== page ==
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Vanity Fair

Vanity Fair

by William Makepeace Thackeray

Cunning and Cleverness Quotes Page 3

How we cite our quotes:

Quote #7

Sharp watched this graceless bedside [Miss Crawley's] with indomitable patience. Nothing escaped her; and, like a prudent steward, she found a use for everything. She told many a good story about Miss Crawley's illness in after days--stories which made the lady blush through her artificial carnations. During the illness she was never out of temper; always alert; she slept light, having a perfectly clear conscience; and could take that refreshment at almost any minute's warning. And so you saw very few traces of fatigue in her appearance. Her face might be a trifle paler, and the circles round her eyes a little blacker than usual; but whenever she came out from the sick-room she was always smiling, fresh, and neat, and looked as trim in her little dressing-gown and cap, as in her smartest evening suit. (14.35)

Again, Becky's work ethic shines through here. It's too bad it usually has to be put to such nefarious purposes! The idea that she finds "a use for everything" (here meaning the quirks of Miss Crawley's behavior that she can later use for funny anecdotes) is an excellent detail. She's like a person who lived through the Great Depression who doesn't throw anything away.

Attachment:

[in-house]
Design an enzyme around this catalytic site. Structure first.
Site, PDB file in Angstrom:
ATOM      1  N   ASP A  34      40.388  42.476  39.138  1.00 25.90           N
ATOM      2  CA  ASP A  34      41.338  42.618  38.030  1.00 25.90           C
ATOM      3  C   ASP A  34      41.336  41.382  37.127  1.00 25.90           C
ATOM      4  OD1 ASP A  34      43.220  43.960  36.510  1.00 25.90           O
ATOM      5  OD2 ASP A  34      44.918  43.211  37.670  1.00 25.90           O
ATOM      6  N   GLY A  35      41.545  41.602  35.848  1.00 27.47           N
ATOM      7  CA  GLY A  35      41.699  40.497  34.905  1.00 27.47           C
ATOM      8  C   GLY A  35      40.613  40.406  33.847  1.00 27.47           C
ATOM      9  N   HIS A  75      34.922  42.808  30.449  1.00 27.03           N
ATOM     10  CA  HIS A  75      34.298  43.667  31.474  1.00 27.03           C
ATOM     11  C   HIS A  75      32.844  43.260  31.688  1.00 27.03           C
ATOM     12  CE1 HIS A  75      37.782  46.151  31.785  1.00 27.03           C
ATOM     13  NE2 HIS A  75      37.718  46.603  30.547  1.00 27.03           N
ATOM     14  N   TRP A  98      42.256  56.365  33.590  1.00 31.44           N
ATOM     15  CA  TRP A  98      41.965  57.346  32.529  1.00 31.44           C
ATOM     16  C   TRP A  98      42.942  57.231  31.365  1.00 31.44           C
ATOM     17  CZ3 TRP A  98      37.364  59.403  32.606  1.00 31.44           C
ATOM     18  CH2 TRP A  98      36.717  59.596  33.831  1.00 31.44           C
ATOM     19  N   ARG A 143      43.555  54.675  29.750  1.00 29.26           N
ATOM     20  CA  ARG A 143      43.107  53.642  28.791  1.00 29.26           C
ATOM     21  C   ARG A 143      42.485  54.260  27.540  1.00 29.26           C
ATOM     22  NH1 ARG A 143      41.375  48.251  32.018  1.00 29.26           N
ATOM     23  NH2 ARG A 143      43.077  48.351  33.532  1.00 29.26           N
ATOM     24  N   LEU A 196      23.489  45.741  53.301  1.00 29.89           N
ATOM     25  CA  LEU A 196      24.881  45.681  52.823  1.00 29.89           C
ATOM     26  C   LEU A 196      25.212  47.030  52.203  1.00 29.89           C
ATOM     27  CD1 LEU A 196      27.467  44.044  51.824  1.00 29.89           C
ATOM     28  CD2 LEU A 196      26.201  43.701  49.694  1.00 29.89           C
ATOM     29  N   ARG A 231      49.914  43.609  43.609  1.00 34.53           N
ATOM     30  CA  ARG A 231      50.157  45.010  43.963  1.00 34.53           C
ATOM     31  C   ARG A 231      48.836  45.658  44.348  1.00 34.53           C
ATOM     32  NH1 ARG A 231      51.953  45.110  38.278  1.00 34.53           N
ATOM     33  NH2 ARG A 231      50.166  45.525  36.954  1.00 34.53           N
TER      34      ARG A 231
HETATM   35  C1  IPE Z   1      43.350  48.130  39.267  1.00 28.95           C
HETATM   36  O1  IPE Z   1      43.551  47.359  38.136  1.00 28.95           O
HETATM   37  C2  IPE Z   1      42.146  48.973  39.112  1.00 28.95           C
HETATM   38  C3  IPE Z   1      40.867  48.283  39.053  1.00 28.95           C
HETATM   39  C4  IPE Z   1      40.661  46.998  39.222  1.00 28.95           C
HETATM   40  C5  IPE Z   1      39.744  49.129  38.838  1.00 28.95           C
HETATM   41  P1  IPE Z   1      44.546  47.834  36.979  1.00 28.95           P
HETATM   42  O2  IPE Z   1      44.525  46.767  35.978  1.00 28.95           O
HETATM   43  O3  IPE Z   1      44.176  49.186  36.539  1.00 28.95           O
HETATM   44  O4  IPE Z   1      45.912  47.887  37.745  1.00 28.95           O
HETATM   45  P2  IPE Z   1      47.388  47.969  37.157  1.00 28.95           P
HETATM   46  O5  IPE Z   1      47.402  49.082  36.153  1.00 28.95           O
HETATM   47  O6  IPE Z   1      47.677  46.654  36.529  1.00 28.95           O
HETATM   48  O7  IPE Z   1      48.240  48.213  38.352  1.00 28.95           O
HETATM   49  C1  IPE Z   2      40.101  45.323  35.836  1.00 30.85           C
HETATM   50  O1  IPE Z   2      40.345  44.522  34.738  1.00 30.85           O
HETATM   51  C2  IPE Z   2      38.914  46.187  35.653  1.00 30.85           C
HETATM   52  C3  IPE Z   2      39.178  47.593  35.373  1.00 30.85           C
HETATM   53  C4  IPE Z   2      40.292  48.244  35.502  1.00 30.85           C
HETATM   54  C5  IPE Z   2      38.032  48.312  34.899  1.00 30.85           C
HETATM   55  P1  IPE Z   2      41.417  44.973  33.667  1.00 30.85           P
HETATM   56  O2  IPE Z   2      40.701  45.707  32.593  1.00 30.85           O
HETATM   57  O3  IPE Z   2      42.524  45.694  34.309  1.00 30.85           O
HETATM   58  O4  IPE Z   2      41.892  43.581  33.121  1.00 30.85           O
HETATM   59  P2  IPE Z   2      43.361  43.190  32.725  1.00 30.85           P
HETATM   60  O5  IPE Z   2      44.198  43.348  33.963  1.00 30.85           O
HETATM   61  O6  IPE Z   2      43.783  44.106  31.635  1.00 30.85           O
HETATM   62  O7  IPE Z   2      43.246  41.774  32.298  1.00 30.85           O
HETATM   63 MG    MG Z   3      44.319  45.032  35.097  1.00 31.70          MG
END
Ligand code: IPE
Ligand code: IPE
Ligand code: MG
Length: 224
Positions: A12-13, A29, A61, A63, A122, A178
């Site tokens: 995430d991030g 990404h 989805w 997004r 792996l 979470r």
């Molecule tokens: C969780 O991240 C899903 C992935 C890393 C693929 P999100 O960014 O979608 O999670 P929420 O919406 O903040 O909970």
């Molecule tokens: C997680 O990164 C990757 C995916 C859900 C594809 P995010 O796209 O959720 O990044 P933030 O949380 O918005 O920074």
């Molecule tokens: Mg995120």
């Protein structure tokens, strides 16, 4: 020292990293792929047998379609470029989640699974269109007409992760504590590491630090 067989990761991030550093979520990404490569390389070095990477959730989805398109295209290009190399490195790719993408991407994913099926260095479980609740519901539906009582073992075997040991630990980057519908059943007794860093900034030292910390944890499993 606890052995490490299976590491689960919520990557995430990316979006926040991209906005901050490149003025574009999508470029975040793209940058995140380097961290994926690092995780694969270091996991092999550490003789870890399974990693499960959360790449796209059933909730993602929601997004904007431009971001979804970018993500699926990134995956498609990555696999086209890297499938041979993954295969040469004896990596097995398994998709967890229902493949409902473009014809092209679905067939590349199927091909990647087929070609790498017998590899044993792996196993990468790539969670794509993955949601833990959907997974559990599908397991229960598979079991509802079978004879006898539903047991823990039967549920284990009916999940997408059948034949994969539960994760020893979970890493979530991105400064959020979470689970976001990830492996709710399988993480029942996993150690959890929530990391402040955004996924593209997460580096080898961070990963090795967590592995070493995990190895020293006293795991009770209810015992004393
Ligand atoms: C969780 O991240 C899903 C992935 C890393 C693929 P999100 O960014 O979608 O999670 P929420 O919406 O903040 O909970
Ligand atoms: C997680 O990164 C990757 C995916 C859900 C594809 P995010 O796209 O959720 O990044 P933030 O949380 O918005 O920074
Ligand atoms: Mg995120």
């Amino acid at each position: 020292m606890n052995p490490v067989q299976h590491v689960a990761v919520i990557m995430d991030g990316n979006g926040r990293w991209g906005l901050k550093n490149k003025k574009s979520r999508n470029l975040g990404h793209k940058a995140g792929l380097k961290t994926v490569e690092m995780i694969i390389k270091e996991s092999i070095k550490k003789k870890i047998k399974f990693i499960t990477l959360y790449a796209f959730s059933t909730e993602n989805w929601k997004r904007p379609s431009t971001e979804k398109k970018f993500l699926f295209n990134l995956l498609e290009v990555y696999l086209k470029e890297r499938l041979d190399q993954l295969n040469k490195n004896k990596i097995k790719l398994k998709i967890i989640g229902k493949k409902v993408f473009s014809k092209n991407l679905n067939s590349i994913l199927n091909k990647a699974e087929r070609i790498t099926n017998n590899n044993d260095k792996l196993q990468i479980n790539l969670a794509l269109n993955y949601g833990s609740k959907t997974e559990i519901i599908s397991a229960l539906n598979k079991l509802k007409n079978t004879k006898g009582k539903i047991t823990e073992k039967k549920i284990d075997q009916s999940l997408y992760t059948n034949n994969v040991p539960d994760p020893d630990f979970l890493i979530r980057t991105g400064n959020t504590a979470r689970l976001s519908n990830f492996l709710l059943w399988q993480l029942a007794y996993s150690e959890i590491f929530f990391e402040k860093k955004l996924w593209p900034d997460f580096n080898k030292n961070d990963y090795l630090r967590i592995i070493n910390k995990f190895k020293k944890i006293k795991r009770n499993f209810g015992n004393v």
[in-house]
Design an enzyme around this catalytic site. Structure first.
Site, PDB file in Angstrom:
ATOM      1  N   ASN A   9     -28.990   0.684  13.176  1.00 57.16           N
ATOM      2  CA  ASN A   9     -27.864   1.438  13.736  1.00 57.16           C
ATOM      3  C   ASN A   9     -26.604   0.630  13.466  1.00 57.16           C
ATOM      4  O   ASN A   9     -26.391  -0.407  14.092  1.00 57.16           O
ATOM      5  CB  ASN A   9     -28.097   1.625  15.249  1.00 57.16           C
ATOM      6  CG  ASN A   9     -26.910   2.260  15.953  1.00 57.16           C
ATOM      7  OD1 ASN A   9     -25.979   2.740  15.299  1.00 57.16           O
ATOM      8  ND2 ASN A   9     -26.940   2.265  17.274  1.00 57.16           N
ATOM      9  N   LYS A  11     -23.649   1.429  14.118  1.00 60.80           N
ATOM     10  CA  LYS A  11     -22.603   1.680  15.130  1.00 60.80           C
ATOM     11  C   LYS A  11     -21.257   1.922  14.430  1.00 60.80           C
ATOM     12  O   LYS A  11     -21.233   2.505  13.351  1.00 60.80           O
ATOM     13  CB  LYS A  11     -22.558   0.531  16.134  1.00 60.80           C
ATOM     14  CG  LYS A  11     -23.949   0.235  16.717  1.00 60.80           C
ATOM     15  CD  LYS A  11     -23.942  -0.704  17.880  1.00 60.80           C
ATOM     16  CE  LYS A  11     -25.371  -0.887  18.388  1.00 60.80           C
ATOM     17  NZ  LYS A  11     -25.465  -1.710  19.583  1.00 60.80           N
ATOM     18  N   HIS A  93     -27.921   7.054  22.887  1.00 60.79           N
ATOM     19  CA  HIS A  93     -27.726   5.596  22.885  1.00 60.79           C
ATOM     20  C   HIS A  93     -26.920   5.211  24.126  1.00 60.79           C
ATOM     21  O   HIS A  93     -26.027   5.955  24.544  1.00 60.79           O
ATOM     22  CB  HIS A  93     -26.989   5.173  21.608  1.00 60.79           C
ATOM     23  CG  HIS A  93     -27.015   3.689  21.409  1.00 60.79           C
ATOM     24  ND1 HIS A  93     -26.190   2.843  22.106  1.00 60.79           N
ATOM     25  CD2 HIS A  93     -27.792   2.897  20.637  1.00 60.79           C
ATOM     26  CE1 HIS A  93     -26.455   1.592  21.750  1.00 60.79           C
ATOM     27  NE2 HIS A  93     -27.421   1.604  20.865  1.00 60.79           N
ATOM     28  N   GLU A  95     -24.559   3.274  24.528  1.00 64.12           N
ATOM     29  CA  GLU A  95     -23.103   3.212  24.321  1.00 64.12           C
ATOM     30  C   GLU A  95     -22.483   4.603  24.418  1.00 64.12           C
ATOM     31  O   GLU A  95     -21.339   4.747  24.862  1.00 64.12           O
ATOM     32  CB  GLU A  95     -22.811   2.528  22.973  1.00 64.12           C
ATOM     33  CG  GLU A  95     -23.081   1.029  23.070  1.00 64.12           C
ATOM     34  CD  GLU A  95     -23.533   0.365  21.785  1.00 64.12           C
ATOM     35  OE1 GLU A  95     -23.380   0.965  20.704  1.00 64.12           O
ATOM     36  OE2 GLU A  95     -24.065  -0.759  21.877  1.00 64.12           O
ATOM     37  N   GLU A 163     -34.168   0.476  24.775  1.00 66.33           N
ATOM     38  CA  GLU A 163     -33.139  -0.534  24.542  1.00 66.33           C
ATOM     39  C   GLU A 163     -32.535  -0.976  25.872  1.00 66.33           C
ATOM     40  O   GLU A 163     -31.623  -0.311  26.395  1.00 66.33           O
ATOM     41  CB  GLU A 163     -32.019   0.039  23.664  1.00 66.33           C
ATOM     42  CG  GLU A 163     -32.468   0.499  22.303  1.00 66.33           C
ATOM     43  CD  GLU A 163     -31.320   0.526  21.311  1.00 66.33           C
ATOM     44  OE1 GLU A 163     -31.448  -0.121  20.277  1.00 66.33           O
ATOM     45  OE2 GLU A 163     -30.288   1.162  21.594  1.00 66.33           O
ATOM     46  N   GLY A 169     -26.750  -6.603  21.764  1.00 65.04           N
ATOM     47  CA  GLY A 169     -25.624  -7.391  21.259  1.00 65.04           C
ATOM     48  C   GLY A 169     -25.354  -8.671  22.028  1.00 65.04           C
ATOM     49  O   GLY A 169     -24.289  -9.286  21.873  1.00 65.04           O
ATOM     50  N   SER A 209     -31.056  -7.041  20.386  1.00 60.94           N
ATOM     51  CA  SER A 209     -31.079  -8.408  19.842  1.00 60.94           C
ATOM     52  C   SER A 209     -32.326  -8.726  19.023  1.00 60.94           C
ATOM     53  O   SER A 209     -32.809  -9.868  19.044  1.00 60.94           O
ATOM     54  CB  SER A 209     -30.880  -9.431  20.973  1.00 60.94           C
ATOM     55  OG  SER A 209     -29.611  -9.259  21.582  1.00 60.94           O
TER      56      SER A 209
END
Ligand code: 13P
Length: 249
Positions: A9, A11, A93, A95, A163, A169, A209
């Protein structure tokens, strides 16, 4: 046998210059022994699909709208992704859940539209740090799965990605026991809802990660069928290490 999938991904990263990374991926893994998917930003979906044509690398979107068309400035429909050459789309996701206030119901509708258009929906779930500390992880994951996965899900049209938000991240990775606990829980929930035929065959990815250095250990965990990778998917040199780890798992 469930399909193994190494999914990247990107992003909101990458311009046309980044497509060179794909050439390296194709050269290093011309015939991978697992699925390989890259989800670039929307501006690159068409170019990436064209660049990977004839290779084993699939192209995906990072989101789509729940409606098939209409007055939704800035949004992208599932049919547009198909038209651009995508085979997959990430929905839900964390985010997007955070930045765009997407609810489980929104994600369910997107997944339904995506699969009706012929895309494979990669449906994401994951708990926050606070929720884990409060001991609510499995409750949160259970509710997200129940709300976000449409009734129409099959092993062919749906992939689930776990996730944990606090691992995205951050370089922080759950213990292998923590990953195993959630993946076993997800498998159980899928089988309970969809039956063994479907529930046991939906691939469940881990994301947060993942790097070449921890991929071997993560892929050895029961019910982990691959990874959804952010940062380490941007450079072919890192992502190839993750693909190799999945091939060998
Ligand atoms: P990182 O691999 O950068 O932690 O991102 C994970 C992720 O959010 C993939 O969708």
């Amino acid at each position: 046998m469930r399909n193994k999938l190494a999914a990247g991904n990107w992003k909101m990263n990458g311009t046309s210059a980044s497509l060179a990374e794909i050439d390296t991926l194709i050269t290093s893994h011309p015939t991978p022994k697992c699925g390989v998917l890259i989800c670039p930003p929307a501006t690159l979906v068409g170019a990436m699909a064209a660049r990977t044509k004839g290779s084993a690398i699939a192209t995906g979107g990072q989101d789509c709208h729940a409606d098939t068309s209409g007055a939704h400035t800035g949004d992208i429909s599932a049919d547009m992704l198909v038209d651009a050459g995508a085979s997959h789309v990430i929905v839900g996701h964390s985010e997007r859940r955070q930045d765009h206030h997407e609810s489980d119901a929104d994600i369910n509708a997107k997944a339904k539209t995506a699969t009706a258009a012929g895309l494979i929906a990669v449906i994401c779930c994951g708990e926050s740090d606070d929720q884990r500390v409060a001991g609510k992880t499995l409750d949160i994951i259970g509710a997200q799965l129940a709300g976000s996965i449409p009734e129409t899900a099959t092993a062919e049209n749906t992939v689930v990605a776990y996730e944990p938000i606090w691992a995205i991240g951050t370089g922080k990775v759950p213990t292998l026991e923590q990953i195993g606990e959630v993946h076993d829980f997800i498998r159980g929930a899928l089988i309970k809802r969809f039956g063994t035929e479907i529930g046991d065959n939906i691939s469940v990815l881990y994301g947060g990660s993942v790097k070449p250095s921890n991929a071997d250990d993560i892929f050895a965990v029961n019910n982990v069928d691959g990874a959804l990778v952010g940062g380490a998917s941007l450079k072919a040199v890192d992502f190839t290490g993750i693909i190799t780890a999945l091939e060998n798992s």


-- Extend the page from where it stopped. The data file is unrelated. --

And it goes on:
Quote #8

We have seen how Mrs. Firkin, the lady's maid, as soon as any event of importance to the Crawley family came to her knowledge, felt bound to communicate it to Mrs. Bute Crawley, at the Rectory; and have before mentioned how particularly kind and attentive that good-natured lady was to Miss Crawley's confidential servant. She had been a gracious friend to Miss Briggs, the companion, also; and had secured the latter's good-will by a number of those attentions and promises, which cost so little in the making, and are yet so valuable and agreeable to the recipient [...] Mrs. Bute had told Briggs and Firkin so often of the depth of her affection for them; and what she would do, if she had Miss Crawley's fortune, for friends so excellent and attached, that the ladies in question had the deepest regard for her; and felt as much gratitude and confidence as if Mrs. Bute had loaded them with the most expensive favours. Rawdon Crawley, on the other hand, like a selfish heavy dragoon as he was, never took the least trouble to conciliate his aunt's aides-de-camp, showed his contempt for the pair with entire frankness [...] Whereas, Mrs. Bute consulted her in matters of taste or difficulty, admired her poetry, and by a thousand acts of kindness and politeness, showed her appreciation of Briggs; and if she made Firkin a twopenny-halfpenny present, accompanied it with so many compliments, that the twopence-half-penny was transmuted into gold in the heart of the grateful waiting-maid, who, besides, was looking forwards quite contentedly to some prodigious benefit which must happen to her on the day when Mrs. Bute came into her fortune.